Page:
© International Union for Conservation of Nature and Natural Resources

Source: IUCN

Trusted

Article rating from 0 people

Default rating: 2.5 of 5

Dense forest and more open areas

Creative Commons Attribution Non Commercial Share Alike 3.0 (CC BY-NC-SA 3.0)

© Lack 2010

Supplier: Afrotropical birds in the RMCA

Trusted

Article rating from 0 people

Default rating: 2.5 of 5

The original habitat of the Seychelles kestrel is woodland at all altitudes (6). It is now also found in secondary forest, cultivated areas, (such as coconut plantations), and even open urban areas (2) (5).
Creative Commons Attribution Non Commercial Share Alike 3.0 (CC BY-NC-SA 3.0)

© Wildscreen

Source: ARKive

Trusted

Article rating from 0 people

Default rating: 2.5 of 5

Dispersal

Movements and dispersal

Resident

Creative Commons Attribution Non Commercial Share Alike 3.0 (CC BY-NC-SA 3.0)

© Lack 2010

Supplier: Afrotropical birds in the RMCA

Trusted

Article rating from 0 people

Default rating: 2.5 of 5

Conservation

Conservation Status

IUCN Red List Assessment


Red List Category
VU
Vulnerable

Red List Criteria
B1ab(iii,v);C2a(i);D1

Version
3.1

Year Assessed
2014

Assessor/s
BirdLife International

Reviewer/s
Butchart, S.

Contributor/s
Doak, N., Lucking, R., Parr, S., Rocamora, G., Shah, N. & Skerrett, A.

Justification
This species is listed as Vulnerable because it has a very small population and range and there have been recent declines in one subpopulation. It was far more widespread in the nineteenth century, with birds frequently seen on most islands. This range contraction may have resulted from widespread persecution in the past.


History
  • 2012
    Vulnerable
Creative Commons Attribution Non Commercial Share Alike 3.0 (CC BY-NC-SA 3.0)

© International Union for Conservation of Nature and Natural Resources

Source: IUCN

Trusted

Article rating from 0 people

Default rating: 2.5 of 5

Vulnerable

Creative Commons Attribution Non Commercial Share Alike 3.0 (CC BY-NC-SA 3.0)

© 2011, BirdLife International

Supplier: Afrotropical birds in the RMCA

Trusted

Article rating from 0 people

Default rating: 2.5 of 5

Status

Classified as Vulnerable (VU) by the IUCN Red List (1), and listed on Appendix I of CITES (3).
Creative Commons Attribution Non Commercial Share Alike 3.0 (CC BY-NC-SA 3.0)

© Wildscreen

Source: ARKive

Trusted

Article rating from 0 people

Default rating: 2.5 of 5

Population

Population
A combination of survey results and records (S. Parr in litt. 1999) can be used to deduce a total population of at least 800 individuals, roughly equivalent to 530 mature individuals.

Population Trend
Stable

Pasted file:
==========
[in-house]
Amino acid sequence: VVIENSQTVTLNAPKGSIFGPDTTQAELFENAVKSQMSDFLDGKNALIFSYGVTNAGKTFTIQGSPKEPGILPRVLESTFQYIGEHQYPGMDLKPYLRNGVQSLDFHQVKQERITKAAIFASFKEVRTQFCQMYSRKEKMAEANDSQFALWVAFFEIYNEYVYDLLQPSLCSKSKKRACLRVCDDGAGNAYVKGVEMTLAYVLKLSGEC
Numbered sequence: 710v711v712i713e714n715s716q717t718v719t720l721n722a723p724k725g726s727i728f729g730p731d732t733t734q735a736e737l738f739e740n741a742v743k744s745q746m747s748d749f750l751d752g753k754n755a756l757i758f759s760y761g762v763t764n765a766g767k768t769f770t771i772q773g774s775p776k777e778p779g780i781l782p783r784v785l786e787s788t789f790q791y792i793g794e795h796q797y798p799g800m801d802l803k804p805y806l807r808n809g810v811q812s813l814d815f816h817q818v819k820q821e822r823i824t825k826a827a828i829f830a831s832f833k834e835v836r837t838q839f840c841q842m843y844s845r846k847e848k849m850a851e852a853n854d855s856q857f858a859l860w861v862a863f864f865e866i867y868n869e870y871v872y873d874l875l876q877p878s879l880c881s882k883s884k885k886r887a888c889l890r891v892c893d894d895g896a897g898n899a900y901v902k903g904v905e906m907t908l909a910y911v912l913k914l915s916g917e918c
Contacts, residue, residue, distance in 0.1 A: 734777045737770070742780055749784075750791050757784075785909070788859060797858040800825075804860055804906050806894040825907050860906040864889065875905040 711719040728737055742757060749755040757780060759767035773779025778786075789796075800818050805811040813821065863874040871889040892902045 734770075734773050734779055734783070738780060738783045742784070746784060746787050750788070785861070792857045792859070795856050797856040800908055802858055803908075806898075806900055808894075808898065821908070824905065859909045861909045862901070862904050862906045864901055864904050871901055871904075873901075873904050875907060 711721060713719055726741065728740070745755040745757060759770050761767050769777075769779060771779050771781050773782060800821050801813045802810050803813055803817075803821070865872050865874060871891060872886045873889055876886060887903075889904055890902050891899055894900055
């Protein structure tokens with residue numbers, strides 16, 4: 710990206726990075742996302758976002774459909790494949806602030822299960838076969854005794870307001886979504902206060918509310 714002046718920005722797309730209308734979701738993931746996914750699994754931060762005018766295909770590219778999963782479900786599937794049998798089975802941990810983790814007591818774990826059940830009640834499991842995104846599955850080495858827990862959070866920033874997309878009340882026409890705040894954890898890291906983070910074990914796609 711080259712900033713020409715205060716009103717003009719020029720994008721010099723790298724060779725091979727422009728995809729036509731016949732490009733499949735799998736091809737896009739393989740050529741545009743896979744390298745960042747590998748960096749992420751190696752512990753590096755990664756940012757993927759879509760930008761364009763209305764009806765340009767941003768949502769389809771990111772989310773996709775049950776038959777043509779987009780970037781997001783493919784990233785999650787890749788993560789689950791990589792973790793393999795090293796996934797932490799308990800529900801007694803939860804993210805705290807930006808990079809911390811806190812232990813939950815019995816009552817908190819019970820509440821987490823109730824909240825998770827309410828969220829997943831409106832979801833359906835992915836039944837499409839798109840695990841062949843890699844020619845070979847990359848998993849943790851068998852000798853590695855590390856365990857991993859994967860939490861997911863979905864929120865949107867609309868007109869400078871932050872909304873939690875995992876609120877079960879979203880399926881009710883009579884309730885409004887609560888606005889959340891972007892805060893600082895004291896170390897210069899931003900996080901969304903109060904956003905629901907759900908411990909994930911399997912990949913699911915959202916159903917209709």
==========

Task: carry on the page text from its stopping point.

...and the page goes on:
Creative Commons Attribution Non Commercial Share Alike 3.0 (CC BY-NC-SA 3.0)

© International Union for Conservation of Nature and Natural Resources

Source: IUCN

Trusted

Article rating from 0 people

Default rating: 2.5 of 5

Threats

Major Threats
Reduced numbers in the 1960s and 1970s may have been due to pesticide use or to peaks in commercial cinnamon cultivation and logging, which reduced upland forest to its lowest extent at this time (N.J. Shah and S. Parr in litt. 1999). Introduced nest predators, nest-site competitors and food competitors may be an ongoing threat (Loustau-Lalanne 1962, Watson 1992, A. Skerrett in litt. 1999). Housing development could be a threat (Rocamora 1997a), although the species breeds in urban areas (N.J. Shah and S. Parr in litt. 1999). Fires, and possibly housing developments and alien predators, have nearly halved its population on Praslin in 10 years (S. Parr in litt. 1999, Millett et al. 2003).

Creative Commons Attribution Non Commercial Share Alike 3.0 (CC BY-NC-SA 3.0)

© International Union for Conservation of Nature and Natural Resources

Source: IUCN

Trusted

Article rating from 0 people

Default rating: 2.5 of 5

Traditionally, people have thought of the Seychelles kestrel as unlucky, and have even killed it, but today it is protected by law (4). The number of Seychelles kestrels declined in the 1960s and 1970s, probably due to pesticide use and the reduction of forest habitat as a result of logging and agriculture (5). Today, further loss of forest habitat could be a threat, but the Seychelles kestrel has proved capable of breeding in urban and agricultural areas. Introduced species that prey on chicks, or compete for food and nesting sites, are a potential continuing threat (5). The vulnerability of this species to the impact of such threats can be seen on Praslin Island, where fires, and possibly housing developments and alien predators, have nearly halved the population in ten years (5).
Creative Commons Attribution Non Commercial Share Alike 3.0 (CC BY-NC-SA 3.0)

© Wildscreen

Source: ARKive

Trusted

Article rating from 0 people

Default rating: 2.5 of 5

Management

Conservation Actions

Conservation Actions
Conservation Actions Underway
CITES Appendix I and II. The Morne Seychellois National Park on Mahé covers almost 25% of the island and provides a safe refuge (N.J. Shah and S. Parr in litt. 1999). The species was reintroduced to Praslin in 1977 (Watson 1981). Nature Seychelles is presently introducing predator-proof nest boxes on Praslin and initiating awareness campaigns through the Wildlife Clubs of Seychelles (Millett et al. 2003).

Conservation Actions Proposed